Arguably, the most important initiative in which the United Nations can use is taking into account what members of Somalia’s society want for a maintained structure of government and country. This territory occupied by 14.7 million inhabitants today, shares a common relationship of languages, religion, lifestyle, and culture. This commonality comes from the majority following the Islamic religions and speaking the major languages of Somali, Arabic, Italian and English. And so, it is important to take into account Somali practices and norms so that society will not be foreign to the culture that is normal to Somalis. Adding to this, many may find Somaliland as a successful and liberal region that has benefited many Somali’s, and so may want the whole country to follow this path.

When reviewing the long history of interventions within Somalia’s failed state, it can be seen that generally the effects of these interventions have been negative. In particular, UNOSOM I and II, driven by the Security Council of the United Nations in the 20th century, emerged as the main interventions within the country. These two interventions, which ultimately aimed to restore peace throughout the country but failed to do so, can reflect the key factors for Somalia’s failure as a state. And so, as policymakers, we need to reflect on the positive benefits and negative impacts of global implementation of interventions in such failed states in the Global South, most importantly in Somalia. In the hope of a developed and stable nation, policymakers must first change Somalia’s government to create a more equal and just system that allows its people to have a say in how society should be run. Similarly, the most detrimental problems of famine and droughts should be declined by advancing a large number of farms being built as well as working water facilities that will allow the retention of resources for the future success of the state. In conclusion, initiatives undertaken by already established states can be a huge success for Somalia and the Global South when a mutual objective of stability and humanitarian sovereignty is communicated and sought out jointly.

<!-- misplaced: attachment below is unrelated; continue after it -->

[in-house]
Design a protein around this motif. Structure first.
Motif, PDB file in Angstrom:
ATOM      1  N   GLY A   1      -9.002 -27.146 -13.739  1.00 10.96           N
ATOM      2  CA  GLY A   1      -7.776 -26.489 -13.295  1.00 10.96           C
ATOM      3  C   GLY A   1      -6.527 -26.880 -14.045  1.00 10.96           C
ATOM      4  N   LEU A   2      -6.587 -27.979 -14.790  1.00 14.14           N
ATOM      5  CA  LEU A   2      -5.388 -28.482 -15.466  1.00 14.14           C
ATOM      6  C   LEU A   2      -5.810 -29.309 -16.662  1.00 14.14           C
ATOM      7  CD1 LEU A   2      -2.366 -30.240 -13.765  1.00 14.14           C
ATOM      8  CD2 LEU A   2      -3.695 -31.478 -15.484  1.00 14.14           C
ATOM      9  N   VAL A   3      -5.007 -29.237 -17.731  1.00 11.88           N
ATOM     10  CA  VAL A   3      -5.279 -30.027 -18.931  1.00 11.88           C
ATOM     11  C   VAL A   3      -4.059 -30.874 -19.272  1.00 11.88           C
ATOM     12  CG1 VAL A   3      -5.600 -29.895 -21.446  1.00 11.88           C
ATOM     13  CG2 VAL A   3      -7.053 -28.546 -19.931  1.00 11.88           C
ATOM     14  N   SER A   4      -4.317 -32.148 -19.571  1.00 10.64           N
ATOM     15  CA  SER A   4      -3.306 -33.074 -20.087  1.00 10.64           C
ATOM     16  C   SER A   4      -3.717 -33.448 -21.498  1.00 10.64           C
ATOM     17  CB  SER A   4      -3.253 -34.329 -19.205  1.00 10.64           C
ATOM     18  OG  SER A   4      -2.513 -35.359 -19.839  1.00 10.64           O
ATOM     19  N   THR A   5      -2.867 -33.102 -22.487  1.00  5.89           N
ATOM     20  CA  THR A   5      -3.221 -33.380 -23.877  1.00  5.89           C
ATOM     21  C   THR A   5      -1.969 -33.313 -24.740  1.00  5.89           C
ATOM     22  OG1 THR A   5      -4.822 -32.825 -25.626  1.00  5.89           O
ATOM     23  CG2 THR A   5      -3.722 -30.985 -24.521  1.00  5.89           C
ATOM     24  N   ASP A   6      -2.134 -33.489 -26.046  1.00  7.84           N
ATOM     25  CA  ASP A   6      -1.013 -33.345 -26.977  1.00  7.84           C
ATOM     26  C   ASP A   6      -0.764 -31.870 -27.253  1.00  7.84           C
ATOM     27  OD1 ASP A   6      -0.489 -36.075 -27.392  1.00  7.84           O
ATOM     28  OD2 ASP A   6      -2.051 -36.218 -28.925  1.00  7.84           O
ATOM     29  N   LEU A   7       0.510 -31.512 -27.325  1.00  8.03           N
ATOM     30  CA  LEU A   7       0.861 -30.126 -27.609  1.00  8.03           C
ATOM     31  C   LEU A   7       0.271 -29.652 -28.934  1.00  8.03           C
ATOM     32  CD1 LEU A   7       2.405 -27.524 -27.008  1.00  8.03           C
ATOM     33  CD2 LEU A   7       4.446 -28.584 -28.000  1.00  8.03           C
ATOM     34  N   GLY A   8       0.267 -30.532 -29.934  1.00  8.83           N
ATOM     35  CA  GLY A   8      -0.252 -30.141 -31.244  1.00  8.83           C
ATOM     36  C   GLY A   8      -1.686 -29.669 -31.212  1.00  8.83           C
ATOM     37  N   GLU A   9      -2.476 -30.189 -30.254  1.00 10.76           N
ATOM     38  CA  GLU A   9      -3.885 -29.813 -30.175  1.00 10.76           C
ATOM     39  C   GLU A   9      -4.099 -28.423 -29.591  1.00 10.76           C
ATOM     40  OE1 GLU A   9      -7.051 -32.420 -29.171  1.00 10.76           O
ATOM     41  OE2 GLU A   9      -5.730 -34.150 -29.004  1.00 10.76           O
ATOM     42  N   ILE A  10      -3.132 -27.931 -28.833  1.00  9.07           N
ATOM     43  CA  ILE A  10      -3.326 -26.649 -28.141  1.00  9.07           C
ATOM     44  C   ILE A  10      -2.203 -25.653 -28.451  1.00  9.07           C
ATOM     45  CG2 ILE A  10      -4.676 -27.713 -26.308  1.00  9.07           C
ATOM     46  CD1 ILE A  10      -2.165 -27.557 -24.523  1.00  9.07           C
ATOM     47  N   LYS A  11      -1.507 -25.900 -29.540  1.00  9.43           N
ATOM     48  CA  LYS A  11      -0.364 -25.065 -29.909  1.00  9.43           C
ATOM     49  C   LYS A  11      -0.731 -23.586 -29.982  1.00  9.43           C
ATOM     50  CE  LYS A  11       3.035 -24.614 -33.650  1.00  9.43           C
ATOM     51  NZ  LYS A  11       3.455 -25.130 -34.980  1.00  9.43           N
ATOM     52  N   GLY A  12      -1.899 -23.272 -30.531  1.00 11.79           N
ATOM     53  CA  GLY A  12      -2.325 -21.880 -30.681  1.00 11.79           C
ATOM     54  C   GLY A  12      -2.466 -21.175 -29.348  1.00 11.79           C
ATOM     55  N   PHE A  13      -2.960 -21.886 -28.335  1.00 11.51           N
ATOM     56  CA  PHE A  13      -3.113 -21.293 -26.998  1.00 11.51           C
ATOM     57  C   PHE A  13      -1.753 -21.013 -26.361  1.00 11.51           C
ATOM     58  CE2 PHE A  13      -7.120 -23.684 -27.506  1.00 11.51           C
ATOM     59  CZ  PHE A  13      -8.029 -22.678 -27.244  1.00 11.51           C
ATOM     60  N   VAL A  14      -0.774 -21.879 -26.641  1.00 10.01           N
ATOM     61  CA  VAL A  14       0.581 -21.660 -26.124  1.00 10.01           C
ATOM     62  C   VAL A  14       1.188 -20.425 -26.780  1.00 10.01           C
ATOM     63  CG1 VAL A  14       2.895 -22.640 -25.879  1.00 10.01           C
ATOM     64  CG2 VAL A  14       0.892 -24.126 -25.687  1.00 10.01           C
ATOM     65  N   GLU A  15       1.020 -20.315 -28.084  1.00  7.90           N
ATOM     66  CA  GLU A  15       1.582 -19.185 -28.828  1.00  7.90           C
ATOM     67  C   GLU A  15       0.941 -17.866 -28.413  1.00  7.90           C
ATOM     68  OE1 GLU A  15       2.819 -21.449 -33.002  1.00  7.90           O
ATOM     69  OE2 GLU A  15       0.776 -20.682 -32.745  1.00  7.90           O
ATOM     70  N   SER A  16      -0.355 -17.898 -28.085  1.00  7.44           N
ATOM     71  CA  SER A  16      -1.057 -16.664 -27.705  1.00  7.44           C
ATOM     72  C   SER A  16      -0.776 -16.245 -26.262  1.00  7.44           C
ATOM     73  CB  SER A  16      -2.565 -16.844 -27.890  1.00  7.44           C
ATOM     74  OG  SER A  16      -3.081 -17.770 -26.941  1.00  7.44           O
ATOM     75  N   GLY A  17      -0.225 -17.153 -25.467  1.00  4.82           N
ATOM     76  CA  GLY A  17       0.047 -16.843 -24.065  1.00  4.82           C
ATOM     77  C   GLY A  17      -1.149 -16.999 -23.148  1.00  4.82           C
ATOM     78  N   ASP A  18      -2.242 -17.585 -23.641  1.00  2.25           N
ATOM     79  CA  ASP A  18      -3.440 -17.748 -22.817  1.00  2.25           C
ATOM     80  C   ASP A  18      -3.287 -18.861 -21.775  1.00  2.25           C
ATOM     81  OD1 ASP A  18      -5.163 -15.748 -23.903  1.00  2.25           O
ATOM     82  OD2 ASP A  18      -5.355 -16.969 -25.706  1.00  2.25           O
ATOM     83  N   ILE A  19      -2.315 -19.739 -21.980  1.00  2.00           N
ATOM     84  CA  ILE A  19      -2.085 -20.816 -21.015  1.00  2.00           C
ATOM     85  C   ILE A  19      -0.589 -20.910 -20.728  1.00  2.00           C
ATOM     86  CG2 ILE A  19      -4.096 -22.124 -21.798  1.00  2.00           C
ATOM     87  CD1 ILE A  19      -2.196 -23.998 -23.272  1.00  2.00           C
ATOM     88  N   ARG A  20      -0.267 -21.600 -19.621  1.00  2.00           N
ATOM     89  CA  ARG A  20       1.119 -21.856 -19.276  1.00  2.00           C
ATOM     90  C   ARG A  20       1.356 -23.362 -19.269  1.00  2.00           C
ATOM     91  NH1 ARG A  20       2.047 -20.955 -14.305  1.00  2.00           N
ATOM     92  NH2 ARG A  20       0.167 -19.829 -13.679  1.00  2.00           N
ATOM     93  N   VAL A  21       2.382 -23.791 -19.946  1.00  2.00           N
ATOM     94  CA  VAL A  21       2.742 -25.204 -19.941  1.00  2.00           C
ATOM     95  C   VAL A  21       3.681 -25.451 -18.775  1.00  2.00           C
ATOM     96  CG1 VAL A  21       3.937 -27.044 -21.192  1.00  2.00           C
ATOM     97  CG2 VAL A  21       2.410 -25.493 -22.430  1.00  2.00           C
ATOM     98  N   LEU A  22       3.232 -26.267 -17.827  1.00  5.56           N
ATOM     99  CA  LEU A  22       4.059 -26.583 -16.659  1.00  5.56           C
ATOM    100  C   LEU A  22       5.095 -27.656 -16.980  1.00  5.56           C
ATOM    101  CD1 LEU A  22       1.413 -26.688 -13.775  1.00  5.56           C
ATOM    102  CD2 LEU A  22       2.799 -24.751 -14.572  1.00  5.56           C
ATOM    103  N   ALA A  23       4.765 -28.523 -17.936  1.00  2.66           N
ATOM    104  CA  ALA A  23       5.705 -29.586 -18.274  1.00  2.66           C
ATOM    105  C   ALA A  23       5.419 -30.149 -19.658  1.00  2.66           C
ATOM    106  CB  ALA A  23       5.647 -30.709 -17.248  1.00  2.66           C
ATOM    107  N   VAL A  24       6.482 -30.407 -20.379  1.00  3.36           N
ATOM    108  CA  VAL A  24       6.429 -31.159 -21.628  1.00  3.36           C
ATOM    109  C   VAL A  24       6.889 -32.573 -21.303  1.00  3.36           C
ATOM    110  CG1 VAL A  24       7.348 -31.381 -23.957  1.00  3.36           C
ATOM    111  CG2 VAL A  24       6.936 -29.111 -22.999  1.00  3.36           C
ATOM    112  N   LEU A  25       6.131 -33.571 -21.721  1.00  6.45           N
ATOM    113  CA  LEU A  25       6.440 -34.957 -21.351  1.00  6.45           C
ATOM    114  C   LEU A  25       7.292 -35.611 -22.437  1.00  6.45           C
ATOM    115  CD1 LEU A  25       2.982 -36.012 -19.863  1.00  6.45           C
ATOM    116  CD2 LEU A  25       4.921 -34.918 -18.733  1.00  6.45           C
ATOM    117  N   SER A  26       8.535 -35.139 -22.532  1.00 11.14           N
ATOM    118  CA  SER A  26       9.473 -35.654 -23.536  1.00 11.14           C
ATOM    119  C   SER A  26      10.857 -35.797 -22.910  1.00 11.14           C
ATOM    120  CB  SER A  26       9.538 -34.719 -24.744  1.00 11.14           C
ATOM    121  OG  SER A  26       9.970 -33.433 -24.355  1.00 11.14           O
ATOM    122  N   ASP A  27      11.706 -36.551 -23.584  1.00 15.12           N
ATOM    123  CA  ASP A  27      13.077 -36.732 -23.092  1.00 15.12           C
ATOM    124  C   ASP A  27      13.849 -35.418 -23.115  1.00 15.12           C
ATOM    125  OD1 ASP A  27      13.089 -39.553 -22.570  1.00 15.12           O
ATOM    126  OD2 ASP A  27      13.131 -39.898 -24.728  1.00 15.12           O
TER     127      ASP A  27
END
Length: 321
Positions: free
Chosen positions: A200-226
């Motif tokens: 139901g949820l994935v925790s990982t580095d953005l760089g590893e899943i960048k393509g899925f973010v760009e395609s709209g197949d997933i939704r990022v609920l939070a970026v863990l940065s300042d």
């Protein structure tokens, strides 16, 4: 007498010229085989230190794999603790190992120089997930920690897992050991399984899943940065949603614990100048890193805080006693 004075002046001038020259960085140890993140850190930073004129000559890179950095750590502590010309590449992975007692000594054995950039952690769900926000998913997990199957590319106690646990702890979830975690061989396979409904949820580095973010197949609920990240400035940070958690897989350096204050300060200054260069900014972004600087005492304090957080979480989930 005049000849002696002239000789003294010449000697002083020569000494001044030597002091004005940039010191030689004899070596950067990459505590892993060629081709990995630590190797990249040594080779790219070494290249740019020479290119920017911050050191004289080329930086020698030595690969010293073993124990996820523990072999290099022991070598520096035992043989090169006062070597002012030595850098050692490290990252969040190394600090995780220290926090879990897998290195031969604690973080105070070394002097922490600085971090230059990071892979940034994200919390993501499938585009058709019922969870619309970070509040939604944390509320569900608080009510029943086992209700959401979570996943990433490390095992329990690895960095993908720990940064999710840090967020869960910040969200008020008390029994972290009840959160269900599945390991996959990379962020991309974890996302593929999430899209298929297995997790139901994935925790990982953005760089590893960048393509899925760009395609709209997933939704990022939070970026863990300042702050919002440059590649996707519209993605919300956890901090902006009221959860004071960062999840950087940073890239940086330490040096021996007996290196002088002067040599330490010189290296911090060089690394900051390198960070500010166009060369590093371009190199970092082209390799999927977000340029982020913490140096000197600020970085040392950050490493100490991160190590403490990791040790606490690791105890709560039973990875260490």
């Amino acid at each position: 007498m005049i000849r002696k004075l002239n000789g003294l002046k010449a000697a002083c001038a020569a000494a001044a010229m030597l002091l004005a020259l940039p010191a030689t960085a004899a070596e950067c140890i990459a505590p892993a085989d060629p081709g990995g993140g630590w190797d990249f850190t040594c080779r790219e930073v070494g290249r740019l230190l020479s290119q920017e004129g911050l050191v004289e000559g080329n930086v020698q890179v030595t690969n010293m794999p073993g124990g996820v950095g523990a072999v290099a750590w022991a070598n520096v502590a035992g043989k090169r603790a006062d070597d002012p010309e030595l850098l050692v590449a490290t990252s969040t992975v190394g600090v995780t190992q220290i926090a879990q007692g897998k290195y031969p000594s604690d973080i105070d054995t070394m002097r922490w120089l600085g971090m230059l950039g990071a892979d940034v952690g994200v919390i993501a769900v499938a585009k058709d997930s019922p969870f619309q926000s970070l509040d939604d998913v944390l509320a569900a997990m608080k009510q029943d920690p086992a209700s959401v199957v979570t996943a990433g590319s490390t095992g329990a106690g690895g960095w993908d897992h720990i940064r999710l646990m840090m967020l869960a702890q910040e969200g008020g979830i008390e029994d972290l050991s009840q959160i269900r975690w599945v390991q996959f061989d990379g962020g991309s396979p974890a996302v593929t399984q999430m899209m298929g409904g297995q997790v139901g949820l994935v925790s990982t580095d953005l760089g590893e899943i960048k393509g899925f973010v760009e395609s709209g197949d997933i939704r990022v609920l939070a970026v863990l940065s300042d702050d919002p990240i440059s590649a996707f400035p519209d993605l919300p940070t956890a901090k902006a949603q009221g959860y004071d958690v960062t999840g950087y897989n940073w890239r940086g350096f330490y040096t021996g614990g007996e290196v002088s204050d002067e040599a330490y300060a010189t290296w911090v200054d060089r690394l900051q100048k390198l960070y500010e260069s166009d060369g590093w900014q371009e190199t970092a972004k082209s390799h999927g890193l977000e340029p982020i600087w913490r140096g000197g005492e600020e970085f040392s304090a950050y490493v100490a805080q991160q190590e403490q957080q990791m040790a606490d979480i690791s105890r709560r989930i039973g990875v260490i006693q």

Mia Heaphy